Hair Mineral Analysis

£95.00

Hair Mineral Analysis is used to measure the following trace elements and toxic metals: calcium, magnesium, phosphorus, sodium, potassium, iron, copper, zinc, chromium, manganese, selenium, nickel, cobalt, lead, mercury, cadmium, arsenic, aluminum.

Raised levels indicate a likely toxicity problem.

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Description

Hair Elements analysis provides information regarding recent and ongoing exposure to potentially toxic metals, and time-averaged status of specific nutrient elements. This noninvasive screening test requires only 0.25 grams of hair.
With respect to its contained elements, hair is essentially an excretory tissue rather than a functional tissue. Hair element analysis provides important information which, in conjunction with symptoms and other laboratory values, can assist the physician with an early diagnosis of physiological disorders associated with aberrations in essential and toxic element metabolism.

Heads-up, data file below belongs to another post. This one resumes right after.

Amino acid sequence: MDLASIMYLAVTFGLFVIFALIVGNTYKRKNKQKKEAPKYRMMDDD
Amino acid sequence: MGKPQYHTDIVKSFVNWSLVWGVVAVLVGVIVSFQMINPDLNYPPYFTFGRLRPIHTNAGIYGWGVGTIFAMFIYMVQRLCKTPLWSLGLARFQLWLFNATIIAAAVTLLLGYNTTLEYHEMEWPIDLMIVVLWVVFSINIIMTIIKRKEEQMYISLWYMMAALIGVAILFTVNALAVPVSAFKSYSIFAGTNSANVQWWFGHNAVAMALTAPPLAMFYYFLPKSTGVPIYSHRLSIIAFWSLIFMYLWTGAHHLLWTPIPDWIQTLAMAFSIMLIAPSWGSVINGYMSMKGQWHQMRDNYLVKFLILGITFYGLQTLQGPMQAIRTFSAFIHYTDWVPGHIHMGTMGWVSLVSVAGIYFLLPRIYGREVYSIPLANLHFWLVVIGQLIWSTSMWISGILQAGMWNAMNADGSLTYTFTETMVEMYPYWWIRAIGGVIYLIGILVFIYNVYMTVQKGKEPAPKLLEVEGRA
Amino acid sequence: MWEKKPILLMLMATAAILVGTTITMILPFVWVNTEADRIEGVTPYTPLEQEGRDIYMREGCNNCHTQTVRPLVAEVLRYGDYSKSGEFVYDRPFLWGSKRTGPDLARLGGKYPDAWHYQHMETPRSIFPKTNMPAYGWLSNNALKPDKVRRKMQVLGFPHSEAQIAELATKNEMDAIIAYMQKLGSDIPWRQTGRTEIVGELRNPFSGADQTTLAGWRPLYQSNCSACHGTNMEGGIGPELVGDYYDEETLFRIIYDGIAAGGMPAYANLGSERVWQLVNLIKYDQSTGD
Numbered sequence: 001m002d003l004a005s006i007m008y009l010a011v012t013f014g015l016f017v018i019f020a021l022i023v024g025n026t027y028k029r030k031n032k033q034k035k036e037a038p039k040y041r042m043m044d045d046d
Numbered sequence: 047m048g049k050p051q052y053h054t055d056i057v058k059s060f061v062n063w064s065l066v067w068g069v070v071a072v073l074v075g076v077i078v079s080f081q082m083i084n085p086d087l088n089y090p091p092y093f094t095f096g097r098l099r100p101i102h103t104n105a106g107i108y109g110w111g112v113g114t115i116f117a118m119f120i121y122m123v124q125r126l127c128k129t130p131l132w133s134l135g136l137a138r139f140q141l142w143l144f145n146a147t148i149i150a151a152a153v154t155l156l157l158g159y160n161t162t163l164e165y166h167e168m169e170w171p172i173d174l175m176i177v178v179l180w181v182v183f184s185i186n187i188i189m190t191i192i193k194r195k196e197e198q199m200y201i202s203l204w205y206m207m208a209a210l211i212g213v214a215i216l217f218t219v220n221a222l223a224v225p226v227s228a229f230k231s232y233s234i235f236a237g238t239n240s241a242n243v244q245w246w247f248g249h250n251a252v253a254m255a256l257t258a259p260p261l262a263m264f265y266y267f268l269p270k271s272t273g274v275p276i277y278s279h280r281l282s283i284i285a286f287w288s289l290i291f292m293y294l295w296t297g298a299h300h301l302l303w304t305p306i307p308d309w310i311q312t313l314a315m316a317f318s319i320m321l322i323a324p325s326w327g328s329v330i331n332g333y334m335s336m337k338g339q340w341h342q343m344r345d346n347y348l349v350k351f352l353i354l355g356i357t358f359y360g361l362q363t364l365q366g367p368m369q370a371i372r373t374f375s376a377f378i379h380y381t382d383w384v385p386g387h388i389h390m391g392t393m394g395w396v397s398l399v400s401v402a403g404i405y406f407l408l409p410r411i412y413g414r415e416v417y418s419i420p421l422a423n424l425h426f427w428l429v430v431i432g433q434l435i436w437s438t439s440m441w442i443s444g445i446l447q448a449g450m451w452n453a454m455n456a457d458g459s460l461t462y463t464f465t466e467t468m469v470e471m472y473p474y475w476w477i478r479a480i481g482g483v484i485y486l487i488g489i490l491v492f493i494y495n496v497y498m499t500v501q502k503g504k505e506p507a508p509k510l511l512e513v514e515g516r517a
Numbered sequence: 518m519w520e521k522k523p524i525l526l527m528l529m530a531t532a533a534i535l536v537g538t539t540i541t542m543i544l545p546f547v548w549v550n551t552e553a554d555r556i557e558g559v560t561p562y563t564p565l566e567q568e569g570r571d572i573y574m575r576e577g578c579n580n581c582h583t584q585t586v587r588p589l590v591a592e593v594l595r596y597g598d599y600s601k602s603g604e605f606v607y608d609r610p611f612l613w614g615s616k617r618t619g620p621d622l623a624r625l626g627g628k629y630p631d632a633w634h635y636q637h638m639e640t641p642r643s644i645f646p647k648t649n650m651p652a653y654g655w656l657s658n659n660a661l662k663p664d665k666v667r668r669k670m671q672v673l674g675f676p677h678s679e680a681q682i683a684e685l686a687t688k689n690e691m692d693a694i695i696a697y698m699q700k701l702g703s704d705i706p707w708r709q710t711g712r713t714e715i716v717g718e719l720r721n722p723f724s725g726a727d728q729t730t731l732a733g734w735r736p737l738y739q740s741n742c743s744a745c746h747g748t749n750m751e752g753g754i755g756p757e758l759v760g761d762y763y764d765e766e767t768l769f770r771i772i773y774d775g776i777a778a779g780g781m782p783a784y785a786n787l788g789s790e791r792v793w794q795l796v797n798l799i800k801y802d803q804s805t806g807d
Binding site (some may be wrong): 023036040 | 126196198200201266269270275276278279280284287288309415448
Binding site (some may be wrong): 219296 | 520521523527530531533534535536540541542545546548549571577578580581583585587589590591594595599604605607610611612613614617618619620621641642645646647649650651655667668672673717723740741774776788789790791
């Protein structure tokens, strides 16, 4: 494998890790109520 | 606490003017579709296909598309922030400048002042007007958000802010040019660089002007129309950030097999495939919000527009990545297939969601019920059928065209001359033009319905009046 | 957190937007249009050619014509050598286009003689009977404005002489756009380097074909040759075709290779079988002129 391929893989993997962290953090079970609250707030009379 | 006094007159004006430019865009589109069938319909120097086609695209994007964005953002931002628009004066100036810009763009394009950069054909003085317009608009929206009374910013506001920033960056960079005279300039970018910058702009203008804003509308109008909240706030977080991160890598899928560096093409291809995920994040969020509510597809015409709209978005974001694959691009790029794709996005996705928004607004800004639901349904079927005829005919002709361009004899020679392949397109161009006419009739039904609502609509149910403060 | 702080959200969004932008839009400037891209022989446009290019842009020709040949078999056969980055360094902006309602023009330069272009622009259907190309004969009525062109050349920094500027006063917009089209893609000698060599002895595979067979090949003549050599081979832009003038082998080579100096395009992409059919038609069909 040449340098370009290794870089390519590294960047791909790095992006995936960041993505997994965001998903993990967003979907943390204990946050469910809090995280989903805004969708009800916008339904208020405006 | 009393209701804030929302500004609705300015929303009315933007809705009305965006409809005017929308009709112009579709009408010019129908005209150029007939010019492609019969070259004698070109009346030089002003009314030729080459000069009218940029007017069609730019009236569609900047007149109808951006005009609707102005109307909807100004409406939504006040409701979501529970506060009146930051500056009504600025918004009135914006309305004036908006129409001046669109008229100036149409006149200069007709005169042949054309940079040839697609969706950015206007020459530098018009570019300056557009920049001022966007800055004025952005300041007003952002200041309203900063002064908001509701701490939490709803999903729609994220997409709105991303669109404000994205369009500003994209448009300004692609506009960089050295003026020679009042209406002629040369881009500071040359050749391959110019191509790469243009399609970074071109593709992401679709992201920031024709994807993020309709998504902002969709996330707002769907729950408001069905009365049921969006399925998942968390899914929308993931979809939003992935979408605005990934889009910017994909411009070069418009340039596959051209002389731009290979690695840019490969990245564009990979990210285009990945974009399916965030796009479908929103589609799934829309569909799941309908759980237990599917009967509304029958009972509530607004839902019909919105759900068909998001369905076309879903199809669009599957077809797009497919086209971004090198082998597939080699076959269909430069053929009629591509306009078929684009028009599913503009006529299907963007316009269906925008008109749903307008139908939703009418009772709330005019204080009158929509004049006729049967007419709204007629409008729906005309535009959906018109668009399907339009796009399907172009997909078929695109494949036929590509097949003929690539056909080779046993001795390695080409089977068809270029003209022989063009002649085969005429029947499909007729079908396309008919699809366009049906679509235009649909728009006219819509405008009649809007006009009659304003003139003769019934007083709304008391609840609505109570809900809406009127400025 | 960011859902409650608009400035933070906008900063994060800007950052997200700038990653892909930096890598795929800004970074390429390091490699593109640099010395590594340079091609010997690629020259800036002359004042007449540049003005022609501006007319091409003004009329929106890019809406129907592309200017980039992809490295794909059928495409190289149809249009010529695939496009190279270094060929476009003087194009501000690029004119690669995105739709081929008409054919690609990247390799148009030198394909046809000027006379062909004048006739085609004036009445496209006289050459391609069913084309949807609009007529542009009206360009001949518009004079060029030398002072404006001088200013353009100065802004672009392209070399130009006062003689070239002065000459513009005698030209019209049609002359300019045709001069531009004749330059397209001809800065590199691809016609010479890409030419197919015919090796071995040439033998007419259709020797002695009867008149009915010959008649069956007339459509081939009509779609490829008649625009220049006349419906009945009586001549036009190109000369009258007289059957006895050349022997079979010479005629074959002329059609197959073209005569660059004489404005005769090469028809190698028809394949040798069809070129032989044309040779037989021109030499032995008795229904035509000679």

Toxic elements may be 200 to 300 times more highly concentrated in hair than in blood or urine. Therefore, hair is the tissue of choice for detection of recent exposure to elements such as arsenic, aluminum, cadmium, lead, antimony and mercury. The CDC acknowledges the value of hair mercury levels as a maternal and infant marker for exposure to neurotoxic methylmercury from fish.
Through recent vast improvements in technology, instrumentation and application of scientific protocols, hair element analysis has become a valuable tool for providing dependable and useful data for physicians and their patients. The U.S. Environmental Protection Agency stated in a recent report that “…if hair samples are properly collected and cleaned, and analyzed by the best analytic methods, using standards and blanks as required, in a clean and reliable laboratory by experienced personnel, the data are reliable.” (U.S.E.P.A. 600/4-79-049).
Hair, however, is vulnerable to external elemental contamination by means of certain shampoos, bleaches, dyes, and curing or straightening treatments. Therefore, the first step in the interpretation of a hair element report is to rule out sources of external contamination.

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